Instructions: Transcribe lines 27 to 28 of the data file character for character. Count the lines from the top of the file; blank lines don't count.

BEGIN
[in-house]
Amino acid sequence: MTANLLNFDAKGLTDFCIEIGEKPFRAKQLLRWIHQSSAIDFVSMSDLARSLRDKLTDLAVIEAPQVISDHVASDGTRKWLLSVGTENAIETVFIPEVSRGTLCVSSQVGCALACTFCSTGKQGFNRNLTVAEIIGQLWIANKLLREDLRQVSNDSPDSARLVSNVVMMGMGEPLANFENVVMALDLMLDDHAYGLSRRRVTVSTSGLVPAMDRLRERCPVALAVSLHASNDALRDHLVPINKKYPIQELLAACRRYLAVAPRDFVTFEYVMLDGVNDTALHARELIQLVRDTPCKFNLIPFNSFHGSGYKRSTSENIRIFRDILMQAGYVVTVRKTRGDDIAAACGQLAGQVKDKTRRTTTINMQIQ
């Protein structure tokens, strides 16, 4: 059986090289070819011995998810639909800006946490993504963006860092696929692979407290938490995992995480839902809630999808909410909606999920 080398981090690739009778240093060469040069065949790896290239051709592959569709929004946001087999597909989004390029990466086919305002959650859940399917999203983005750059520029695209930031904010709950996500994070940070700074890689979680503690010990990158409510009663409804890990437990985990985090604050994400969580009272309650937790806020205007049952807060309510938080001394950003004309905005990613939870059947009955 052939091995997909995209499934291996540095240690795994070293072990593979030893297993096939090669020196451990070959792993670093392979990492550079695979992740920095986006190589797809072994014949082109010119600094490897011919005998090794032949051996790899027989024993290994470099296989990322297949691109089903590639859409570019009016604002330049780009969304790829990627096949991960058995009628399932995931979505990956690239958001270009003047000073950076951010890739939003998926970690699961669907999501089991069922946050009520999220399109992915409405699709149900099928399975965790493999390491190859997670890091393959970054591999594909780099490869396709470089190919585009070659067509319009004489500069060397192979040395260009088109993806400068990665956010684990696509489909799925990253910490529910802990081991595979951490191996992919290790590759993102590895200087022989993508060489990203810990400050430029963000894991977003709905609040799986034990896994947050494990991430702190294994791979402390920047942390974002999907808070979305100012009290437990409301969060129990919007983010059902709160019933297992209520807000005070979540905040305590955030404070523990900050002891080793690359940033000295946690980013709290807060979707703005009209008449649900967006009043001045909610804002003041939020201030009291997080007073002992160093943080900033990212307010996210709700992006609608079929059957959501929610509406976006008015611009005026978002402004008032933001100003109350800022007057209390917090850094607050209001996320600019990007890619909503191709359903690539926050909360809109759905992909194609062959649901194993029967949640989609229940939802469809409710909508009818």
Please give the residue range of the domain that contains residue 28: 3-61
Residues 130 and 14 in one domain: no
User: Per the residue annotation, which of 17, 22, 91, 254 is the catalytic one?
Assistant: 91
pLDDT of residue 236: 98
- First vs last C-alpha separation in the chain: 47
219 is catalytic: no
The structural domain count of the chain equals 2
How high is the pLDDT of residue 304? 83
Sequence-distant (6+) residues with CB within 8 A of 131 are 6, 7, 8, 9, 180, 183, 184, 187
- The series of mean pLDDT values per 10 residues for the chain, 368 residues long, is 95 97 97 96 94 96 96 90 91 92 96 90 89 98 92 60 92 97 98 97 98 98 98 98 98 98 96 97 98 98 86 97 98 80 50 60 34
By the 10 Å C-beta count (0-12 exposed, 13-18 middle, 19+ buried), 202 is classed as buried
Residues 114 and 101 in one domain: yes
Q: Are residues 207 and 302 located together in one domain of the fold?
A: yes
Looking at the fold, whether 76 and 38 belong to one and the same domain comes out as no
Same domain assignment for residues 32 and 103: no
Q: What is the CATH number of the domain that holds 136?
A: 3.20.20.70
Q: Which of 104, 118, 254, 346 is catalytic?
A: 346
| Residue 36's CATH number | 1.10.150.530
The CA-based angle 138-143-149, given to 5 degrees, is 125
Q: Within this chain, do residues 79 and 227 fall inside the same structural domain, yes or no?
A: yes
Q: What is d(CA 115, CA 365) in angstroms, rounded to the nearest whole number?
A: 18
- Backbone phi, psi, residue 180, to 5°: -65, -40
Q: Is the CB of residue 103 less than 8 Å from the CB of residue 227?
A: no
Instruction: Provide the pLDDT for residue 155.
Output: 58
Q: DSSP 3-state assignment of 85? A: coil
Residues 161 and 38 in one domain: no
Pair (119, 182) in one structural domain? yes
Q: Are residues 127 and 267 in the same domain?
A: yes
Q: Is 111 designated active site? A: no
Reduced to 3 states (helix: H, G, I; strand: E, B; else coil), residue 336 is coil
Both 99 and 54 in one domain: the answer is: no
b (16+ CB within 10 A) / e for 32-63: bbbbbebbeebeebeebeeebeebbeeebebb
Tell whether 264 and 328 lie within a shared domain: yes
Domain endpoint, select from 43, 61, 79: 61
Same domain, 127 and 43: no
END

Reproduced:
Q: Within this chain, do residues 79 and 227 fall inside the same structural domain, yes or no?
A: yes